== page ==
One of the biggest debates that constantly happens is about the front page of the web site. So many people on campus have their own ideas about what ought to be there and what the function of that prime piece of real estate should look like. Luckily, it’s not a discussion that you need to fight too much once it’s been vetted by the higher-ups, there are still critical dialogues you can have about developing what I’ve tentatively called a “Front Page Strategy.”
Newspapers change their front page content everyday, but keep the front page of their newspapers pretty much the same. Sometimes for years or longer and when there is a redesign, it becomes a very big deal for everyone from the longtime subscriber to the Publisher.
New media is no different in this regard. But the difference with the web is the dynamism that the web offers you. Some folks will say that the web has “unlimited” space, but we all know that’s just not true. There are always limits; limits to storage capacity, width and heights of the design and other constraints that prevent you from having a “limitless” cacophony of information just strewn about the web.
And that’s a really good thing.
But let’s talk about Front Page Strategy for a minute.
The target of this discussion is really for any college that has a front page that’s massively cluttered. Especially smaller institutions that have no good reason for such things, because a lot of their programs and offerings are intertwined to the point where there isn’t a good reason – other than trying to make people feel important – to try to highlight everything all of the time.
I think the keys to Front Page Strategy are:
- Identify what the purpose of your front page is: If you have a web site mission or some other way of identifying what the purpose of your institution’s web site is, then it’ll be a lot easier to develop a front page strategy because you’ll have insight into deciding what information to highlight. For instance, if your web site is primarily admissions-driven and you’re a small four year college, you’re going to far more concerned with ensuring that your web front page is geared towards the prospective student (and their parents) looking at the site to find out more information quickly and effectively.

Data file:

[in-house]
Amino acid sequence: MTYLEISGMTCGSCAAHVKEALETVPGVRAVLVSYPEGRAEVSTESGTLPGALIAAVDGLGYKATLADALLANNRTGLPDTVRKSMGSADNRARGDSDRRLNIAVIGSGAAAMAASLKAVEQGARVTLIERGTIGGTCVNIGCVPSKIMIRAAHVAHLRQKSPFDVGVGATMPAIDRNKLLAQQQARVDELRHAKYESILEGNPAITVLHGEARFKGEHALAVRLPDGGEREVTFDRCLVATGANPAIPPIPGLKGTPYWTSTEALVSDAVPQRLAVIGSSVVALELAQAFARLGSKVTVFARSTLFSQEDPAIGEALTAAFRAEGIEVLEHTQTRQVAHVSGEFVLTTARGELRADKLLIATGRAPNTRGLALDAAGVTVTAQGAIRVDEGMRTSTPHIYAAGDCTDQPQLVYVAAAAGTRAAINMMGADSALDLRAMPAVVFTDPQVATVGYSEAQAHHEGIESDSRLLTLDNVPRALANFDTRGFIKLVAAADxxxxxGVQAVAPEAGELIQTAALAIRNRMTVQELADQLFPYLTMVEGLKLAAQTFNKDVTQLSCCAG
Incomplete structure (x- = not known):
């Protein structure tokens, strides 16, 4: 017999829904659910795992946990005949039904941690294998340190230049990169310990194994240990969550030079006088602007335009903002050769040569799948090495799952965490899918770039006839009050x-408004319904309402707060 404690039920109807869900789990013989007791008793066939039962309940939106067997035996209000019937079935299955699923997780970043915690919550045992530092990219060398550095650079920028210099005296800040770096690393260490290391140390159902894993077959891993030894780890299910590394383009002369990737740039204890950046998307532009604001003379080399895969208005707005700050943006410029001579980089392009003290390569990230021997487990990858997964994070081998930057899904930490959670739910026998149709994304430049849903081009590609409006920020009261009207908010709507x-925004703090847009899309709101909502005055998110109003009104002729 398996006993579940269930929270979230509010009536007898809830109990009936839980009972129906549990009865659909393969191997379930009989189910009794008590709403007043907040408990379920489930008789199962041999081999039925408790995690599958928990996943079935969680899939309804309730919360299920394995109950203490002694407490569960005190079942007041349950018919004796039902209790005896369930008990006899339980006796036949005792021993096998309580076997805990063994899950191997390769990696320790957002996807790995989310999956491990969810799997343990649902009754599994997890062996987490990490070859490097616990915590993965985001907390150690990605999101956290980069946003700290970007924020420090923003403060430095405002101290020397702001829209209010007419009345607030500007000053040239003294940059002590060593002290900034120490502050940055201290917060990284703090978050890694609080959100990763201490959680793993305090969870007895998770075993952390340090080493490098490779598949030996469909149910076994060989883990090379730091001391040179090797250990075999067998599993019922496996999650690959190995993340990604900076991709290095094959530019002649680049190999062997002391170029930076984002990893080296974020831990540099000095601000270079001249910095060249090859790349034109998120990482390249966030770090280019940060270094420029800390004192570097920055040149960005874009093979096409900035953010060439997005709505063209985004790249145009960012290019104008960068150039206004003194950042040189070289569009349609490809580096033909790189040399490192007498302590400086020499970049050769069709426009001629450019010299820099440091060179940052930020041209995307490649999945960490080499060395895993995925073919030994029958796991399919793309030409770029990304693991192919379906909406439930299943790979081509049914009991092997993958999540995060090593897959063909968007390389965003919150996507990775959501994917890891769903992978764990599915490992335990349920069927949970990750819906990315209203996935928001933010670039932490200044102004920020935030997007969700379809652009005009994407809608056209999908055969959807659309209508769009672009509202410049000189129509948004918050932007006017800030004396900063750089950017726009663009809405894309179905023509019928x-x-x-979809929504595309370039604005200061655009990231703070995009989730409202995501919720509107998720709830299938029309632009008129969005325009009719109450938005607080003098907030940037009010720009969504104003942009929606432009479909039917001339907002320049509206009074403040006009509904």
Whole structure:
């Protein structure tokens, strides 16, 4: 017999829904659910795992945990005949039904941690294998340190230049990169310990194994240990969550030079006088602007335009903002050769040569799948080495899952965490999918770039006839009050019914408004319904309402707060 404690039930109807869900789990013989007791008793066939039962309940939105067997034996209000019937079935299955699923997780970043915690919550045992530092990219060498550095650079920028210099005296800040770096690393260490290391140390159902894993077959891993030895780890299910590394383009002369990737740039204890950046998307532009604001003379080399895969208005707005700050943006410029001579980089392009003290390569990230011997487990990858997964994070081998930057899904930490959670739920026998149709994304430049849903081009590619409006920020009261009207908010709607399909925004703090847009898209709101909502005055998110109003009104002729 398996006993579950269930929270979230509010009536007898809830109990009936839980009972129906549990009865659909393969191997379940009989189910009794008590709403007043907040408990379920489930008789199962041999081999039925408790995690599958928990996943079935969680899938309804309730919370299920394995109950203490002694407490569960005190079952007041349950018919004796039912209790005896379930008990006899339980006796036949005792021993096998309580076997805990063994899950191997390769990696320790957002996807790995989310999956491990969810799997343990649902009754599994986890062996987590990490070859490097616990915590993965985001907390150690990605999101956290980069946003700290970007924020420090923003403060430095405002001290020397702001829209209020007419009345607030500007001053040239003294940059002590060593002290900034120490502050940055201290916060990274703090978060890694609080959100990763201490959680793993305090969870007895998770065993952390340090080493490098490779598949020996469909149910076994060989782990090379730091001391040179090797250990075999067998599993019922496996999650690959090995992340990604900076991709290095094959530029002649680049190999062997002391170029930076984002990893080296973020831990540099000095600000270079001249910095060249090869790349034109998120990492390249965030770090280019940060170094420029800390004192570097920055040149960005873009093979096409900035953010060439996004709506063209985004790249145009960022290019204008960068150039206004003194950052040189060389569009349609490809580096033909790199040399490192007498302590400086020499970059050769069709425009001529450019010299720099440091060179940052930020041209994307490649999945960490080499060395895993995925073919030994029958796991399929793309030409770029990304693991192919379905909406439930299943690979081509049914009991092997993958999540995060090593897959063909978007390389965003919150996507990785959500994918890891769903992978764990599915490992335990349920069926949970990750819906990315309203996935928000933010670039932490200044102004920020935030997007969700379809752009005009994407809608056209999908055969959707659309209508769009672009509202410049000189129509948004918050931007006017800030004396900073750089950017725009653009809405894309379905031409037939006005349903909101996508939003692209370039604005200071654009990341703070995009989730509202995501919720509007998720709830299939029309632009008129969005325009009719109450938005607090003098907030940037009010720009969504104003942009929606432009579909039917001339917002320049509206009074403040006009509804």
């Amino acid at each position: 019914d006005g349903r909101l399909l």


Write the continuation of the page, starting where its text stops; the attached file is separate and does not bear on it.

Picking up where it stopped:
On the other hand, if you’re an institution that serves largely non-traditional students, you’ll want to take that under consideration. Larger schools have a whole host of constituents they’re trying to reach and have a lot more to do with the same amount of space.
2. You can’t be everything to everybody: The goal is the front page should ultimately be to entice people to go further in the site. If your front page is too cluttered, tries to do too much or fails to reach its intended audiences, it’s going to fall flat every time. Links to critical things that people who are internal viewers versus those who are on the outside looking in are obviously going to be different and it can be difficult at times to balance out those considerations. That’s where 1) using statistics to see what areas are oft-visited and 2) finding some sort of balance is key.
Consultants will do whatever you ask them to usually, incorporating best practices and keeping what your team wants in mind..but you need to spend less time navigating tons of other sites to see “What they do” and spend more internally figuring out what is important to your own people.
3. Know your institution and share that: Too many sites take too long to articulate what their school is about. They use the front page for this thing, that thing or the other thing and it all becomes muddled. It’s important to give people a glimpse into your soul by viewing your front page. Every school has virtues and things it should extol and those should be the things your front page captures. You don’t always need tons of images, flash and wiz-bang to make this happen. After all, your goal isn’t to lie to people.
I realize that all of these issues are really intertwined with the site map and information architecture that the college decides on, but I’m making the assumption here that you’re not that far along with those things or that they’re just not prominent on your radar. Even if they are, I’m approaching the front page strategy as a marketing piece and from the perspective of a visitor to your site rather than from the eyes of a developer.
It essentially boils down to: 1) here’s what we do 2) here’s what we’re doing and as a result, 3) come here and do it too or 4) give us money and we’ll do even more. If you can accomplish that through your Front Page Strategy, it’ll extend well into other pages and should set your institutional web presence on a strong course as it moves forward.